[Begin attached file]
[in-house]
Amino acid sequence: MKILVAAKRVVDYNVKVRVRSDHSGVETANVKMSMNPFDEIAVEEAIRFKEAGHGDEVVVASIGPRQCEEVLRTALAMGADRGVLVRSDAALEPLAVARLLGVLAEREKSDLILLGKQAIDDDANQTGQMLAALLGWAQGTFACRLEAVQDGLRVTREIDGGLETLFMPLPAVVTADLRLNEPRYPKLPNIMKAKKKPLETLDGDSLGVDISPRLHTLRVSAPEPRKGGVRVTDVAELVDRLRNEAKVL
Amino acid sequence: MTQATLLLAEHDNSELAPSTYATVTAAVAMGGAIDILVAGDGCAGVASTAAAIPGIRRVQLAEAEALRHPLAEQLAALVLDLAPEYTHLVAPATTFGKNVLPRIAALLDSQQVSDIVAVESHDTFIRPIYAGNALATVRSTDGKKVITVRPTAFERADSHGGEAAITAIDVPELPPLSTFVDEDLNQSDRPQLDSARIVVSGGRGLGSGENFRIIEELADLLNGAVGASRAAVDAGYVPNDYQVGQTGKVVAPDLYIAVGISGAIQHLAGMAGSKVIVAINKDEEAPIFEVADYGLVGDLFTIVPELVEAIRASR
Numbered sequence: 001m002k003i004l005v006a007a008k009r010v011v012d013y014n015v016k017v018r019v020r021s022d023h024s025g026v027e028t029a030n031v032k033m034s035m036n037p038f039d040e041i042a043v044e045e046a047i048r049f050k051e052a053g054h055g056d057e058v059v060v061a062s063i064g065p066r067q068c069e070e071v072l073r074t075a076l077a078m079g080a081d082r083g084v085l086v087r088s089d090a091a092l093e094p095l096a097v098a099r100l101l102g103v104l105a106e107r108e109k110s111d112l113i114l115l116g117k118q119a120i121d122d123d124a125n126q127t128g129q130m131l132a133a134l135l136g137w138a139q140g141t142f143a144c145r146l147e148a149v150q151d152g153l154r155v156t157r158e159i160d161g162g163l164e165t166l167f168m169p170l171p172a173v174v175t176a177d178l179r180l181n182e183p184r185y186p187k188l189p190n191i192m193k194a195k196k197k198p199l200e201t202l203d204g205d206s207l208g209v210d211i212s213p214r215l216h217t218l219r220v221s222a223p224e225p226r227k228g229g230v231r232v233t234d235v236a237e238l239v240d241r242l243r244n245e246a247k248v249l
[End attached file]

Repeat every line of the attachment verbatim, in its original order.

[in-house]
Amino acid sequence: MKILVAAKRVVDYNVKVRVRSDHSGVETANVKMSMNPFDEIAVEEAIRFKEAGHGDEVVVASIGPRQCEEVLRTALAMGADRGVLVRSDAALEPLAVARLLGVLAEREKSDLILLGKQAIDDDANQTGQMLAALLGWAQGTFACRLEAVQDGLRVTREIDGGLETLFMPLPAVVTADLRLNEPRYPKLPNIMKAKKKPLETLDGDSLGVDISPRLHTLRVSAPEPRKGGVRVTDVAELVDRLRNEAKVL
Amino acid sequence: MTQATLLLAEHDNSELAPSTYATVTAAVAMGGAIDILVAGDGCAGVASTAAAIPGIRRVQLAEAEALRHPLAEQLAALVLDLAPEYTHLVAPATTFGKNVLPRIAALLDSQQVSDIVAVESHDTFIRPIYAGNALATVRSTDGKKVITVRPTAFERADSHGGEAAITAIDVPELPPLSTFVDEDLNQSDRPQLDSARIVVSGGRGLGSGENFRIIEELADLLNGAVGASRAAVDAGYVPNDYQVGQTGKVVAPDLYIAVGISGAIQHLAGMAGSKVIVAINKDEEAPIFEVADYGLVGDLFTIVPELVEAIRASR
Numbered sequence: 001m002k003i004l005v006a007a008k009r010v011v012d013y014n015v016k017v018r019v020r021s022d023h024s025g026v027e028t029a030n031v032k033m034s035m036n037p038f039d040e041i042a043v044e045e046a047i048r049f050k051e052a053g054h055g056d057e058v059v060v061a062s063i064g065p066r067q068c069e070e071v072l073r074t075a076l077a078m079g080a081d082r083g084v085l086v087r088s089d090a091a092l093e094p095l096a097v098a099r100l101l102g103v104l105a106e107r108e109k110s111d112l113i114l115l116g117k118q119a120i121d122d123d124a125n126q127t128g129q130m131l132a133a134l135l136g137w138a139q140g141t142f143a144c145r146l147e148a149v150q151d152g153l154r155v156t157r158e159i160d161g162g163l164e165t166l167f168m169p170l171p172a173v174v175t176a177d178l179r180l181n182e183p184r185y186p187k188l189p190n191i192m193k194a195k196k197k198p199l200e201t202l203d204g205d206s207l208g209v210d211i212s213p214r215l216h217t218l219r220v221s222a223p224e225p226r227k228g229g230v231r232v233t234d235v236a237e238l239v240d241r242l243r244n245e246a247k248v249l